Now, instead of the rare visionary/provocateur, an entire industry is emerging that promises brands that they can better find, engage and track current and future customers by telling stories alongside the selling of products. Some of it will work, and some won’t. For a news company, the changing relationship with advertisers can create vital new revenues — or it can wind up undermining the journalism that gives it value (to both readers and brands) in the first place. For the businesses big and small that want to take up the promise of “being a publisher,” it means learning a different way to market yourself and a new set of rules. If they get it wrong, the same Internet that had offered the promise will bite back hard and fast. When they get it right, we might even see the magic return.
Reporters Without Borders is alarmed by the continuing persecution of community radio stations in Guatemala, where the mayor of Santa Eulalia, in the western department of Huehuetenango, forcibly prevented members of the indigenous Mayan community from reopening their station last week.
Indigenous representatives had wanted to organize a ceremony on 20 March to formally reopen Radio Snuq Jolom Konob, closed by the mayor two months ago, but the mayor and his supporters, some of them armed, prevented the ceremony from going ahead.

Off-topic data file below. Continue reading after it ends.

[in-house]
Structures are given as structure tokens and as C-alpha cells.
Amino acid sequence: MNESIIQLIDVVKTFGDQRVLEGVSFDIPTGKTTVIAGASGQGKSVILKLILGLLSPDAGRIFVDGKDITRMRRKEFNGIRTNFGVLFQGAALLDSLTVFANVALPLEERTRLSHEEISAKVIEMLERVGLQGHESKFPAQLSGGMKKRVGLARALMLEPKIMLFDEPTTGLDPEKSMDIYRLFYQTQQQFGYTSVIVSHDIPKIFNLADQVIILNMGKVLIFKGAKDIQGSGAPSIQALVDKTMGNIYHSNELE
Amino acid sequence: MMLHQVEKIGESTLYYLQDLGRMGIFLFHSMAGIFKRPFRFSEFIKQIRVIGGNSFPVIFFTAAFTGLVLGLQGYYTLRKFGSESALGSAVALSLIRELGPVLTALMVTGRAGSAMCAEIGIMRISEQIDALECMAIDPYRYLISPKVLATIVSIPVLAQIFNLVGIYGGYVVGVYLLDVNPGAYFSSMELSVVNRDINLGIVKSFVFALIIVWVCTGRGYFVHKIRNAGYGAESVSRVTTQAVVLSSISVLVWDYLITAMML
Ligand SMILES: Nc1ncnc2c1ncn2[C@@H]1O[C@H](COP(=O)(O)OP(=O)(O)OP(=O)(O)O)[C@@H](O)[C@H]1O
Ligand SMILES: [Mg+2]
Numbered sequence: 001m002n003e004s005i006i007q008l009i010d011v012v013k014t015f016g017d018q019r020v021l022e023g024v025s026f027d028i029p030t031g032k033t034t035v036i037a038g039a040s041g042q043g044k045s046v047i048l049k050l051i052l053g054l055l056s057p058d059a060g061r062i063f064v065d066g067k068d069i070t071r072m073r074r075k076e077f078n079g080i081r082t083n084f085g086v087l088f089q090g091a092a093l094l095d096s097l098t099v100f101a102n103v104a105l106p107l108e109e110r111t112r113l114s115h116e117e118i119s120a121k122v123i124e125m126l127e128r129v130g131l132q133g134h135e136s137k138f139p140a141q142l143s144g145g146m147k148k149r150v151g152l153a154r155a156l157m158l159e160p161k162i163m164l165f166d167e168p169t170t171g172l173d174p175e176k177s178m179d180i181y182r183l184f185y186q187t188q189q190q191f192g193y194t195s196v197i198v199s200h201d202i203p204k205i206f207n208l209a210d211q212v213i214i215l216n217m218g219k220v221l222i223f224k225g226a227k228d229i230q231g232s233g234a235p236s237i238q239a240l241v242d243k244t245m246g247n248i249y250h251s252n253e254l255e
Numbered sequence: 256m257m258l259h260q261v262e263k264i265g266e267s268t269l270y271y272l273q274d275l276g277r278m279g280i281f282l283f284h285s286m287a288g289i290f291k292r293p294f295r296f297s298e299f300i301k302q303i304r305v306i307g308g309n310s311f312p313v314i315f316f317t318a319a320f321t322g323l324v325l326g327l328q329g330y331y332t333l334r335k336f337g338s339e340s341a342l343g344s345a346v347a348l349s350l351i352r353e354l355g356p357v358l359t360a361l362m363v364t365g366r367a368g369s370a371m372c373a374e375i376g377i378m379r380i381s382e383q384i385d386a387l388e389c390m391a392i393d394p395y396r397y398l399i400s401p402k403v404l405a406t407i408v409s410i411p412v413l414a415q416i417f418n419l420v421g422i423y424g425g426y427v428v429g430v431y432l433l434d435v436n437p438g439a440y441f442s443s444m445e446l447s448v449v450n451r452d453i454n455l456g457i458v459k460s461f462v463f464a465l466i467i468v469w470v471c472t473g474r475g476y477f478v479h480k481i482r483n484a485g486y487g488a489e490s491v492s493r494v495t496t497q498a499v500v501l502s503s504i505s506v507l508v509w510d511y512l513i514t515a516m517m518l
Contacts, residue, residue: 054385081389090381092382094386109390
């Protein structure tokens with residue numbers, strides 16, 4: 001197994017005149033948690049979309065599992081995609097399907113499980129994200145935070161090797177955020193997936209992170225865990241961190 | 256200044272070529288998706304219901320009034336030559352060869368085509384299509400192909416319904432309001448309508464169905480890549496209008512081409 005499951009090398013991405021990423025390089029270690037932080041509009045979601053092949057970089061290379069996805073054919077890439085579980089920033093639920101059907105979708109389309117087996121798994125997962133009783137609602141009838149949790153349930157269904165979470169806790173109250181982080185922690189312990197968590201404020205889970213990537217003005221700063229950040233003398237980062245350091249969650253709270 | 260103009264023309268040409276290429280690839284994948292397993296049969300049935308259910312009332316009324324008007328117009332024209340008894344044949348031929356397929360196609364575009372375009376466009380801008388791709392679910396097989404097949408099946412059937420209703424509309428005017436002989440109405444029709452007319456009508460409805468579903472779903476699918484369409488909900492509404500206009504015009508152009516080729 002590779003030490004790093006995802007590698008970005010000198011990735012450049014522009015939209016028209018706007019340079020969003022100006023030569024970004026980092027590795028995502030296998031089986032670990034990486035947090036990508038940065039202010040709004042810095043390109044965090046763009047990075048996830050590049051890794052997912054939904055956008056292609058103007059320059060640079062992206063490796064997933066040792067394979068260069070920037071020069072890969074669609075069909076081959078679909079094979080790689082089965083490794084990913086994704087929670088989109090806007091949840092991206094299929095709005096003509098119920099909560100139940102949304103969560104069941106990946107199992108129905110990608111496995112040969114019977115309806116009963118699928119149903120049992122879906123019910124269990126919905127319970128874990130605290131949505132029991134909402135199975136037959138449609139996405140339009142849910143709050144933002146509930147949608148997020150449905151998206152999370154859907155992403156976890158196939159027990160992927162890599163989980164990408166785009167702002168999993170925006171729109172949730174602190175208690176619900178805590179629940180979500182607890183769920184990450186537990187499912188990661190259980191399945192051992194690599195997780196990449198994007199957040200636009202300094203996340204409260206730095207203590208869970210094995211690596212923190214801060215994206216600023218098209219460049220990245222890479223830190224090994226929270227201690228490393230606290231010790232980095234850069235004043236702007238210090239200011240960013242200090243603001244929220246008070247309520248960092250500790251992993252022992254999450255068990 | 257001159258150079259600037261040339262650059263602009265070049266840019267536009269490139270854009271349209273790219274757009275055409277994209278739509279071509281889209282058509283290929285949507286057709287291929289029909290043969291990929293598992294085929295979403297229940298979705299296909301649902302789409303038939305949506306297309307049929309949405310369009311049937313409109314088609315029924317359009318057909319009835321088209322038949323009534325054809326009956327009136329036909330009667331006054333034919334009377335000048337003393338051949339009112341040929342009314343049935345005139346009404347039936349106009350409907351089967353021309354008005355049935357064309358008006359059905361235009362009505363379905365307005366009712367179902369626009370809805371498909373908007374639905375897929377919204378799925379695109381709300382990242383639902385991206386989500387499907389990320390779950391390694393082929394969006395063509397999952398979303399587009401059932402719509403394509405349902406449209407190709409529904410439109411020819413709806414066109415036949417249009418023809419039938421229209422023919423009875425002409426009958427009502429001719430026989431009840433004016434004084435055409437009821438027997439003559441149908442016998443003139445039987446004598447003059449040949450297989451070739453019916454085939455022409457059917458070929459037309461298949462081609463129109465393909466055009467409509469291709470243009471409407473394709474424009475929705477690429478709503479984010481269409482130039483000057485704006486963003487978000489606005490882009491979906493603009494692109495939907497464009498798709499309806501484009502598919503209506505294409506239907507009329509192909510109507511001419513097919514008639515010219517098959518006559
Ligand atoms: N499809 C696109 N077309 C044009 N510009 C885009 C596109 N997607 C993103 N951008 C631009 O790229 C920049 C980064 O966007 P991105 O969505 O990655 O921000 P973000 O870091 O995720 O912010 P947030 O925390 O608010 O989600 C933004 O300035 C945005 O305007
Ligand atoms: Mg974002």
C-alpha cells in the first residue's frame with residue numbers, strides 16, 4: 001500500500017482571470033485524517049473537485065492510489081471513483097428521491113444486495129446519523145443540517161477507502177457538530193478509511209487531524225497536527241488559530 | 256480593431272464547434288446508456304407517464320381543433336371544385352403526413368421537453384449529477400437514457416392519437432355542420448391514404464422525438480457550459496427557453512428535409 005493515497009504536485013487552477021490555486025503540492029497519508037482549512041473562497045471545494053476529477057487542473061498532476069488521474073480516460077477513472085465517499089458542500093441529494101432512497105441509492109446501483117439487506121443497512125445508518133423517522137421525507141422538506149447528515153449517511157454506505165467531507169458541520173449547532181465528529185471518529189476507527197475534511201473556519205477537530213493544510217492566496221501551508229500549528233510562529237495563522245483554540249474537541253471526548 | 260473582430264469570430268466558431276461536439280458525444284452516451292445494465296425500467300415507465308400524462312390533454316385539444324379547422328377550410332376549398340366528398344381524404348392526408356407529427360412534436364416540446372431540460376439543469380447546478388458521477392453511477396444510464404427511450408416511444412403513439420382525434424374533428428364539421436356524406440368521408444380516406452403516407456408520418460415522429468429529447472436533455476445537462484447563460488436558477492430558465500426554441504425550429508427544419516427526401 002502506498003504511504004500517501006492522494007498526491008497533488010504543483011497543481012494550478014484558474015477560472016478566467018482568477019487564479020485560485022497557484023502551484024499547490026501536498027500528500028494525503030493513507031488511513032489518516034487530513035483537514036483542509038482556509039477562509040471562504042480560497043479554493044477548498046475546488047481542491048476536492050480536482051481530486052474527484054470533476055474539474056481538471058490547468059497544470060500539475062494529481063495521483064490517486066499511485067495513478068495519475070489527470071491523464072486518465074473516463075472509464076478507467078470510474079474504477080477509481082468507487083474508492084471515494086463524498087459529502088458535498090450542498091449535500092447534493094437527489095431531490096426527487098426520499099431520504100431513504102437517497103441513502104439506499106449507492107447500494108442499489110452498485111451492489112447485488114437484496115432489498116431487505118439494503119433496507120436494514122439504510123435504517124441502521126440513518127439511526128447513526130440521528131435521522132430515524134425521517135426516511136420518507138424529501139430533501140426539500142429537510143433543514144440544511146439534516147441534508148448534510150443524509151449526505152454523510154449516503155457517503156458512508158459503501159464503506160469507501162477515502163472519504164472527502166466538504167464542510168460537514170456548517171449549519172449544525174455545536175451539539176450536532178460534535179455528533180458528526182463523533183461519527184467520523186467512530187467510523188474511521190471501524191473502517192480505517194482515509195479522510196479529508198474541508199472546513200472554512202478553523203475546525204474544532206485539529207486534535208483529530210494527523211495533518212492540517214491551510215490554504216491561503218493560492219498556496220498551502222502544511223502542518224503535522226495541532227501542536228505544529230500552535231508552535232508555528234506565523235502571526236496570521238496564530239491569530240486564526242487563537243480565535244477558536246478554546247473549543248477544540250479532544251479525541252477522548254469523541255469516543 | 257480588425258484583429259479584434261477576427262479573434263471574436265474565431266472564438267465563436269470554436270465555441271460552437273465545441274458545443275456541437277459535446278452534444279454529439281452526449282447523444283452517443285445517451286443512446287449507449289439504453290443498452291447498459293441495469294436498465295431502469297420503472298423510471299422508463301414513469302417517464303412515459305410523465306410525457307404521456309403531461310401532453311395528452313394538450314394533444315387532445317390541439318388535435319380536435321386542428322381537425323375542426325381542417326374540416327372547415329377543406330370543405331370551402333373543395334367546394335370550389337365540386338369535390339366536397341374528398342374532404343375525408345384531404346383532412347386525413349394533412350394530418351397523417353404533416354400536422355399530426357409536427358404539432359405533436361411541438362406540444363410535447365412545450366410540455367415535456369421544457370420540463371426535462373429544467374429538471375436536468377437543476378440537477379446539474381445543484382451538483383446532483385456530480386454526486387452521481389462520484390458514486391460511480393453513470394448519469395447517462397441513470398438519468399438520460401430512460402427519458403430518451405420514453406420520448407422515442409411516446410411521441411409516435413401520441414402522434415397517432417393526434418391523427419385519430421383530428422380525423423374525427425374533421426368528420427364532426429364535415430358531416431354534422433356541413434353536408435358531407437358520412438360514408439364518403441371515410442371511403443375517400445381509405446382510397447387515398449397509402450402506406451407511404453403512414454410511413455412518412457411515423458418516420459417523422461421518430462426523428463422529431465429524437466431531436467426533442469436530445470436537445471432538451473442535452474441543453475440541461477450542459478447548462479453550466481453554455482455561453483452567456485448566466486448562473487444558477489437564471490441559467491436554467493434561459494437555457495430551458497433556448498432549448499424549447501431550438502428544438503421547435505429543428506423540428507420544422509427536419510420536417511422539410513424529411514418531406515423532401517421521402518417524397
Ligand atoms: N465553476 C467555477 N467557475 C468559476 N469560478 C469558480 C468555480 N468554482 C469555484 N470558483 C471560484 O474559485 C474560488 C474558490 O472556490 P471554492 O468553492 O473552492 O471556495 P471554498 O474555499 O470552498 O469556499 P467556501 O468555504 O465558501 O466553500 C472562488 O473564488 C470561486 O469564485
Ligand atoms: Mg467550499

Prensa Comunitaria reporter Lucía Ixchíu said they insulted, threatened and roughed up community representatives and journalists.
“We are disturbed by this use of violence against Radio Snuq Jolom Konob by the local authorities and their supporters in Santa Eulalia,” said Claire San Filippo, the head of the Reporters Without Borders Americas desk.
“This was unfortunately typical of the hostility that the Guatemalan authorities show towards the media, especially community radio stations. Those suspected of being responsible for this act of violence must be brought to justice in order to end impunity.”
Among the recent stories covered by Radio Snuq Jolom Konob was local opposition to the company Hidro Santa Cruz's construction of a hydro-electric dam in an area where members of several Mayan indigenous groups – Akateko, Chuj, Popti' and Q'anjob'al – are in the majority.